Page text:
“Everything that comes into the drop-off sites, whether it’s big chunks of wood or leafy, grassy or brushy material, goes through the tub grinder,” Anderson said. “The tub grinder is the start of the process. Without the tub grinder, we don’t have compost.”
Ground woody material is routed to the mulching facility, where it is double ground through a Peterson 5710D horizontal grinder.
“If I’m selling it to a bagging company or for my own mulch that I sell, I will typically grind it once through the tub grinder, then I’ll grind it the second time through the horizontal, which shoots it right onto a (BM&M) twin screen deck that screens the one-inch to 3/8-inch material. We then color it red, brown or black or sell it as a natural mulch that we call our Premium 1 mulch,” Anderson said. “We also sell a lot of double-ground mulch that we grind through the tubs with smaller screens.”
Fines under 3/8-inch are used as bulking agents for compost production.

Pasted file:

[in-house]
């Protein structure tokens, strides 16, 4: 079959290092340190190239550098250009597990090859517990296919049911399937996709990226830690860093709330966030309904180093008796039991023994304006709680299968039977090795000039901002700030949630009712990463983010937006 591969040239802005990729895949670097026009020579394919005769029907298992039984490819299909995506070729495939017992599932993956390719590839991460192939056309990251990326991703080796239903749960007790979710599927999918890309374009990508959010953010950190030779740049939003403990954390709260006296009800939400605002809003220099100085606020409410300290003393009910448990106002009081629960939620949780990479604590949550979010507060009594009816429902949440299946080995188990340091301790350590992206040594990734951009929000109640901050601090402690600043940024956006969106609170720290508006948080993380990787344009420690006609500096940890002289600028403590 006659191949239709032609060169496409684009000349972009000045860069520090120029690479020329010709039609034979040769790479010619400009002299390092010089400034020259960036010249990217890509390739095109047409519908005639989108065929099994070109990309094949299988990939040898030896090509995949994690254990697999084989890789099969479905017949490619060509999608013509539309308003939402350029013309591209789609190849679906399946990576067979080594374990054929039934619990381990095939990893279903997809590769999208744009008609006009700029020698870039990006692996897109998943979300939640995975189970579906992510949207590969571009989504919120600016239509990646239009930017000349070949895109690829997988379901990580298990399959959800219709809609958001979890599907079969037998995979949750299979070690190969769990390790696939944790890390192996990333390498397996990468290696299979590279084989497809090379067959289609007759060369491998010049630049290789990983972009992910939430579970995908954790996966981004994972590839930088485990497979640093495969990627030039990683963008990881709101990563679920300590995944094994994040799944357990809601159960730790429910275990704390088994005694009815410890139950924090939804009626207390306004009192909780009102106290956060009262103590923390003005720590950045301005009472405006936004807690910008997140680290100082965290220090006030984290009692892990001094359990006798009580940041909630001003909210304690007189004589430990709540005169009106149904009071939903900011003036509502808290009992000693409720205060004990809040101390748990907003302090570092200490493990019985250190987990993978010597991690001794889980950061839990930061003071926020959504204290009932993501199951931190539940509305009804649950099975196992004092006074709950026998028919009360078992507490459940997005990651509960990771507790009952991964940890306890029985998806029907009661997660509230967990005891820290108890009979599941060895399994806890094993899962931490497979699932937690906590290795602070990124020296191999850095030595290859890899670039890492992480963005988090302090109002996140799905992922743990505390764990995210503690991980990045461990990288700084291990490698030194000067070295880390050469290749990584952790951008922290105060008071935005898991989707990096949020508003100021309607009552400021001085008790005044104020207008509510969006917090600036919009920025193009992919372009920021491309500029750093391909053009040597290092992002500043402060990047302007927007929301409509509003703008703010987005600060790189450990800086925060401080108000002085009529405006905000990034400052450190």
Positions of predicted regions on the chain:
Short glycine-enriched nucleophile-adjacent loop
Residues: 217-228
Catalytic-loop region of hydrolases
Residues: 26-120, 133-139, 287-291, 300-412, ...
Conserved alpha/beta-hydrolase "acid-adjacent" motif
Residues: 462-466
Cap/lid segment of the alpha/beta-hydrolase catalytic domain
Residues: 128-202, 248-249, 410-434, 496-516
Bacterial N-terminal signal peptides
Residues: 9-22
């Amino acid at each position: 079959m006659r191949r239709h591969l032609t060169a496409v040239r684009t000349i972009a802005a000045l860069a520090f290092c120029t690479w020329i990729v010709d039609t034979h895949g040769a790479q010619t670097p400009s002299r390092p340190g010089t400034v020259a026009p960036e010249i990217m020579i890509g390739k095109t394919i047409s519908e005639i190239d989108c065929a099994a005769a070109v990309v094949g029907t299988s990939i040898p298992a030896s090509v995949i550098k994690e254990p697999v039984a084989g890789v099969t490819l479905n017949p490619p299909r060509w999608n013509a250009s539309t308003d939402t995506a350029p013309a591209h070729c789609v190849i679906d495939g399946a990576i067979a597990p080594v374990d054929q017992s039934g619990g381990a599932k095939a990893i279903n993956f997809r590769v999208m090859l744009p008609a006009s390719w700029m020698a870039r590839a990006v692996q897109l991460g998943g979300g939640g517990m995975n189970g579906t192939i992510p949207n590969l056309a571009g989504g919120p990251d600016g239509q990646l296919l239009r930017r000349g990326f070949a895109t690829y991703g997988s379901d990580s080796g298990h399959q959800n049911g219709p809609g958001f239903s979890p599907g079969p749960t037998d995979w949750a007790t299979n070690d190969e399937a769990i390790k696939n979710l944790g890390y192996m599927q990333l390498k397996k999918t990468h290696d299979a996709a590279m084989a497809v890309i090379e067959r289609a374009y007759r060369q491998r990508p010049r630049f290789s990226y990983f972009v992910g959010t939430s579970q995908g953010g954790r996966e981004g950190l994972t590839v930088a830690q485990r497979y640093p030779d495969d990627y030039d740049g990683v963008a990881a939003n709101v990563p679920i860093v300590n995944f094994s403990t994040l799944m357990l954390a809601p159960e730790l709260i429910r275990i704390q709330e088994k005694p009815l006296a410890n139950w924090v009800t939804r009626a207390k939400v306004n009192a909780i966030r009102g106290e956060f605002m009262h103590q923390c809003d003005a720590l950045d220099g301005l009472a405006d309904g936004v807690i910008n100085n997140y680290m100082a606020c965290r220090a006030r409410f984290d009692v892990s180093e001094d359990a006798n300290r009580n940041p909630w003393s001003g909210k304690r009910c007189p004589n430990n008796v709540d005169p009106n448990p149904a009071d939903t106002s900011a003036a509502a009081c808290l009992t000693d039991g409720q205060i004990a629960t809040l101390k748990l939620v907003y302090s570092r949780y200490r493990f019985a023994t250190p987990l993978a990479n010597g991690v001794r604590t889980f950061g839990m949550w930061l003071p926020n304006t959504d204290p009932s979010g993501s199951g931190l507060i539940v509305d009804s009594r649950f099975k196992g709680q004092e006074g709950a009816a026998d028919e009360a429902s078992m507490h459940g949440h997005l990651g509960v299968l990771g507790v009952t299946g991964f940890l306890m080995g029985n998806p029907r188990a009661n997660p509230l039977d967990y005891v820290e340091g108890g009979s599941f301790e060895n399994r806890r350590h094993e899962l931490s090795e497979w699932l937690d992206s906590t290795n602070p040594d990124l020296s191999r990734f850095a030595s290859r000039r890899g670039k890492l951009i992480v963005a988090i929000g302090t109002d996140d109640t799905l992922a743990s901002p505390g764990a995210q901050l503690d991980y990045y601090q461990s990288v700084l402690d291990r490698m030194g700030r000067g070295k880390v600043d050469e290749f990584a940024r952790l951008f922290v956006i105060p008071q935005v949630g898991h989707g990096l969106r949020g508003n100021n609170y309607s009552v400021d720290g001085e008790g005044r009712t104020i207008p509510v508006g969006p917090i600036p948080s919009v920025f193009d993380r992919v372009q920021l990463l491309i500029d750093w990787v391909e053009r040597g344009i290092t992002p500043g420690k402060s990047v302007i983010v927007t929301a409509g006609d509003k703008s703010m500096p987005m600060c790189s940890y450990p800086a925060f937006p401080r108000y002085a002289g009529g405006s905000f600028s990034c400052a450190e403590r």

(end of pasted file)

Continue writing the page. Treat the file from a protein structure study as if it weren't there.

Likewise, brushier material at the drop-off sites is ground and taken to the company’s composting facility where it is used as a bulking agent and mixed with food waste to make compost products.
Along with about 300,000 cubic yards of mulch annually, Missouri Organic sells about 60,000 yards of straight compost and about 25,000 yards of soil mixes that contain compost – like garden soil and raised bed mix. The company also is an authorized blender for Rooflite green roof media products.
When the time came to add a third tub grinder, Missouri Organic decided on the HogZilla tracked machine to supplement its two wheeled machines.
“We don’t do much land clearing, so hauling our wheeled machines to our own sites – and some other municipal drop-off sites that we handle – has worked fine for us,” Anderson said. “But we decided that the tracked version would make it easier for cleanup. What we’ve found is that material builds up around these grinders and makes it harder to move them. If I hook my truck up to move a grinder after a full day of grinding, there are logs that have gotten underneath the grinder and mulch and debris builds up in front of the tires. So, to move them and pull them forward can damage your truck. Putting the machine on tracks takes care of that issue.”